With “Morning Raga,” regional Indian cinema again proves willing to dabble outside the restrictive formulas of its Bollywood big brother. Fusing traditional elements into an American-leaning “let’s start a band” tale, helmer-/scripter Mahesh Dattani shuttles back and forth between hip globalized culture and customs rooted in the Indian soil, using local color as a counterweight to modern Westernized society. Backed by mega-producer K. Raghavendra Rao, Dattani’s assembled an impressive cast and crew. Local opening met with critical praise but less enthusiastic public reception; fest life seems the safest bet.
Excellent opening credits intercut beautiful scenes of the countryside with two femme singers traveling from their homes to a temple. The women board a bus to a concert in the city, but the vehicle careens off a bridge, killing one and leaving the other, Swarnalatha (Shabana Azmi, one of India’s top actresses), traumatized.
Twenty years later in Hyderabad, the dead woman’s son Abhinay (Prakash Rao) decides he’s fed up with composing throw-away jingles and wants to start his own band with jazz-inflected pop sounds. Enter Pinkie (Perizaad Zorabian), sporting a lovely voice and an understanding mom (Lillete Dubey, camping it up) who’s more than happy to have the group rehearse in the back of her boutique. Audition sequences are too hackneyed, however, and the chosen drummer, Bals (Shaleen Sharma), is a hippie-type character way past expiration date.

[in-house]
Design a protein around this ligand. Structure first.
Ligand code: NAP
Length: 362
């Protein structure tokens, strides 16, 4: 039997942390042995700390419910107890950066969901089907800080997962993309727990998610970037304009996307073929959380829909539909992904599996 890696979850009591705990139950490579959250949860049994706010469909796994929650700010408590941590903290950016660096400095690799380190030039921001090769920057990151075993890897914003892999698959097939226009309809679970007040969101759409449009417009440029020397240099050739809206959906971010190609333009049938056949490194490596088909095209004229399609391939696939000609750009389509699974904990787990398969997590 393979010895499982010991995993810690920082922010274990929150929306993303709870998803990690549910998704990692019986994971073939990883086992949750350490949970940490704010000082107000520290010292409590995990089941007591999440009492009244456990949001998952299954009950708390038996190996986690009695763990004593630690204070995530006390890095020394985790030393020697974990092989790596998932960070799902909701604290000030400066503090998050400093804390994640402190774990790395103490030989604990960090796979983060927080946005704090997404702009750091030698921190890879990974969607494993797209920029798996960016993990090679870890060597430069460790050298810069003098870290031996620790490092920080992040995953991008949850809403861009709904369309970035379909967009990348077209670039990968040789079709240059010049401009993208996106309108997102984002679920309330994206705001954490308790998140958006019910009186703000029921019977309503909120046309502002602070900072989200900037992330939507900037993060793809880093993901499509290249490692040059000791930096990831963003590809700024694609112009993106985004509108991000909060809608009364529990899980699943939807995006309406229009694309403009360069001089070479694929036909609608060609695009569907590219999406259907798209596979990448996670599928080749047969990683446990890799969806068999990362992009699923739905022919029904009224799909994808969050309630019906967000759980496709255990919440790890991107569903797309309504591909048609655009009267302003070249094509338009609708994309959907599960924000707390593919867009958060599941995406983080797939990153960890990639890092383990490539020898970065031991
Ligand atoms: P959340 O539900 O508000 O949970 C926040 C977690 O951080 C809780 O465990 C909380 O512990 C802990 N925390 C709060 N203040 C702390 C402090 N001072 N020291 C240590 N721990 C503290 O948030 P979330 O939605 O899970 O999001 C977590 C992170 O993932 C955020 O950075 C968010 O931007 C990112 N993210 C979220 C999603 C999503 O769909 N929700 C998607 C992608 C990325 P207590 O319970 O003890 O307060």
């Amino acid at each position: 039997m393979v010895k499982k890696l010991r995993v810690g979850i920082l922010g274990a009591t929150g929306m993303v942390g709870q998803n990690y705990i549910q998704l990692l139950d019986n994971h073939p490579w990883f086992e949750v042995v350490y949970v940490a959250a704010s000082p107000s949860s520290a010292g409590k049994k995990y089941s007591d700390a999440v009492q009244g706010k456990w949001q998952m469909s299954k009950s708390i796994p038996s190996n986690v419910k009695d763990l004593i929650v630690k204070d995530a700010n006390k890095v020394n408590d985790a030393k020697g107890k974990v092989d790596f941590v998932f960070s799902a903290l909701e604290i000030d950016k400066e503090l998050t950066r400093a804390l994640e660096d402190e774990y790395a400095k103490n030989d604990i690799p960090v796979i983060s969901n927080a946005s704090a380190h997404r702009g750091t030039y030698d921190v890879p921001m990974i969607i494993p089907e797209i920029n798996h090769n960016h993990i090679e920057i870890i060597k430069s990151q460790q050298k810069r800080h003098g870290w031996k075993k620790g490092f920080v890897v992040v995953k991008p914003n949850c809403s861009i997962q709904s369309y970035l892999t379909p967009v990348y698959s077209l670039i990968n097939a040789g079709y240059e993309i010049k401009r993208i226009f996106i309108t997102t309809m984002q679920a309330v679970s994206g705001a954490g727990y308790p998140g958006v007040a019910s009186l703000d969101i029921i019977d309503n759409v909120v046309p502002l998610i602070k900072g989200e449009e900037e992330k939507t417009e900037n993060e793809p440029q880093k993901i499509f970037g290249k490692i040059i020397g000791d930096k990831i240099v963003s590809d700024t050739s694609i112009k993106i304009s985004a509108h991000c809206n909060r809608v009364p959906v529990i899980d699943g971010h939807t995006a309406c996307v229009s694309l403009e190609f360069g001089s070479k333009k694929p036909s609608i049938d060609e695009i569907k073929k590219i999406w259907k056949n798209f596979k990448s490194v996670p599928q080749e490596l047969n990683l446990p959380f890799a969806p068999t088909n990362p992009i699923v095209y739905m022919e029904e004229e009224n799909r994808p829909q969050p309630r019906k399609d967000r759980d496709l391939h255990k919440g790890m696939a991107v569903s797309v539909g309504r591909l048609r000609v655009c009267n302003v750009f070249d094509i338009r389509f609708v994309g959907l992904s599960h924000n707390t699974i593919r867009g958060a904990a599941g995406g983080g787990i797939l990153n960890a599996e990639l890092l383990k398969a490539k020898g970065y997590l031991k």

The band’s first gig isn’t a success: The club manager accuses them of trying to be whites trying to be blacks. While struggling to find a new direction, Abhinay runs into Swarnalatha, and, after hearing her singing in the mesmerizing Carnatic tradition of southern India, he’s convinced her sound is just what the band needs. Problem is getting her to leave her village, which she’s steadfastly refused to do ever since Abhinay’s mom’s fatal bus crash.
Dattani’s influences range well beyond the subcontinent, and he’s skilled at combining them with certain Indian tropes, such as the peasant cowherd Appa Rao (D. Subramanyam) who talks to his animal and acts as a kind of Greek chorus. However, some emotional catharses are over too quickly, and Dattani, in his sophomore feature (after “Mango Souffle”), needs to develop his feel for a good build-up that will allow him to coast on the subsequent emotional pay-off.
Still, beautiful compositions and lensing by vet d.p. Rajiv Menon, a director in his own right, are a pleasure, evocatively bringing out the colors of the countryside. The singers used to dub the actors are tops, and final concert works as a perfect climax, with well-calibrated sound.